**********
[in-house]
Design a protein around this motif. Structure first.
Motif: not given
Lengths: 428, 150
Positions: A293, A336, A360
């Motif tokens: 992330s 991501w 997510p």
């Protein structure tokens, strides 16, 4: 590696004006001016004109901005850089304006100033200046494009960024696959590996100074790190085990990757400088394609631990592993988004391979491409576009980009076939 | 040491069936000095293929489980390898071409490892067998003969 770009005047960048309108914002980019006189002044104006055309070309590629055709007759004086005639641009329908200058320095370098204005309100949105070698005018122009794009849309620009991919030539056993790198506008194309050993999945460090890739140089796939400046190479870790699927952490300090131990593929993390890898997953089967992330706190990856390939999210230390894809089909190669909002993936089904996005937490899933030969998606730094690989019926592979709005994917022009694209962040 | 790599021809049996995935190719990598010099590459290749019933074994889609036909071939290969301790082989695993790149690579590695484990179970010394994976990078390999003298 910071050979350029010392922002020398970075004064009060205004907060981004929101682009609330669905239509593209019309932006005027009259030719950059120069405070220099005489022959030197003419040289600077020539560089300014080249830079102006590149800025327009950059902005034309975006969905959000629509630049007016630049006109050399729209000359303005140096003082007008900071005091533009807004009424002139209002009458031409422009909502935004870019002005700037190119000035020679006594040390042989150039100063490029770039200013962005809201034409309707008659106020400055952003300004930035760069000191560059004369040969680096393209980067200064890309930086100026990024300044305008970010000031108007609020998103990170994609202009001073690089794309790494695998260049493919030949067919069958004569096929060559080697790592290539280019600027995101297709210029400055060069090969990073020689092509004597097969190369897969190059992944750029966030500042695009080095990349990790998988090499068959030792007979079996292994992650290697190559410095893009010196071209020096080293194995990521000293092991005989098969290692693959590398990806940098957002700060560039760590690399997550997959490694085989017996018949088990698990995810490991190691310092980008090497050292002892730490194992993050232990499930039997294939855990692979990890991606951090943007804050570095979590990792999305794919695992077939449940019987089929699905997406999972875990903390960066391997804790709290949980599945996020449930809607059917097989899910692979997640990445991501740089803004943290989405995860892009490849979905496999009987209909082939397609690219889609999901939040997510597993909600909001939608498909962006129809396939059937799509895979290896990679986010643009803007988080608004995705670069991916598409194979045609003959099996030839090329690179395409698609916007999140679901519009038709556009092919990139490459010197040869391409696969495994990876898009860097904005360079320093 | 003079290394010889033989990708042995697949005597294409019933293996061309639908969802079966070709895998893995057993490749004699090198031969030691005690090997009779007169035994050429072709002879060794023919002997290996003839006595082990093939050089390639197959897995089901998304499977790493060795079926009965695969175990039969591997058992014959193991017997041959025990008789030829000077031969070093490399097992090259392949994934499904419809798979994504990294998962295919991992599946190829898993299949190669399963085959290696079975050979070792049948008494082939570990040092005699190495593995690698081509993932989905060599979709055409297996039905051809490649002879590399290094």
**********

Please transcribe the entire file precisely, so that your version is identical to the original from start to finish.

[in-house]
Design a protein around this motif. Structure first.
Motif: not given
Lengths: 428, 150
Positions: A293, A336, A360
């Motif tokens: 992330s 991501w 997510p």
């Protein structure tokens, strides 16, 4: 590696004006001016004109901005850089304006100033200046494009960024696959590996100074790190085990990757400088394609631990592993988004391979491409576009980009076939 | 040491069936000095293929489980390898071409490892067998003969 770009005047960048309108914002980019006189002044104006055309070309590629055709007759004086005639641009329908200058320095370098204005309100949105070698005018122009794009849309620009991919030539056993790198506008194309050993999945460090890739140089796939400046190479870790699927952490300090131990593929993390890898997953089967992330706190990856390939999210230390894809089909190669909002993936089904996005937490899933030969998606730094690989019926592979709005994917022009694209962040 | 790599021809049996995935190719990598010099590459290749019933074994889609036909071939290969301790082989695993790149690579590695484990179970010394994976990078390999003298 910071050979350029010392922002020398970075004064009060205004907060981004929101682009609330669905239509593209019309932006005027009259030719950059120069405070220099005489022959030197003419040289600077020539560089300014080249830079102006590149800025327009950059902005034309975006969905959000629509630049007016630049006109050399729209000359303005140096003082007008900071005091533009807004009424002139209002009458031409422009909502935004870019002005700037190119000035020679006594040390042989150039100063490029770039200013962005809201034409309707008659106020400055952003300004930035760069000191560059004369040969680096393209980067200064890309930086100026990024300044305008970010000031108007609020998103990170994609202009001073690089794309790494695998260049493919030949067919069958004569096929060559080697790592290539280019600027995101297709210029400055060069090969990073020689092509004597097969190369897969190059992944750029966030500042695009080095990349990790998988090499068959030792007979079996292994992650290697190559410095893009010196071209020096080293194995990521000293092991005989098969290692693959590398990806940098957002700060560039760590690399997550997959490694085989017996018949088990698990995810490991190691310092980008090497050292002892730490194992993050232990499930039997294939855990692979990890991606951090943007804050570095979590990792999305794919695992077939449940019987089929699905997406999972875990903390960066391997804790709290949980599945996020449930809607059917097989899910692979997640990445991501740089803004943290989405995860892009490849979905496999009987209909082939397609690219889609999901939040997510597993909600909001939608498909962006129809396939059937799509895979290896990679986010643009803007988080608004995705670069991916598409194979045609003959099996030839090329690179395409698609916007999140679901519009038709556009092919990139490459010197040869391409696969495994990876898009860097904005360079320093 | 003079290394010889033989990708042995697949005597294409019933293996061309639908969802079966070709895998893995057993490749004699090198031969030691005690090997009779007169035994050429072709002879060794023919002997290996003839006595082990093939050089390639197959897995089901998304499977790493060795079926009965695969175990039969591997058992014959193991017997041959025990008789030829000077031969070093490399097992090259392949994934499904419809798979994504990294998962295919991992599946190829898993299949190669399963085959290696079975050979070792049948008494082939570990040092005699190495593995690698081509993932989905060599979709055409297996039905051809490649002879590399290094």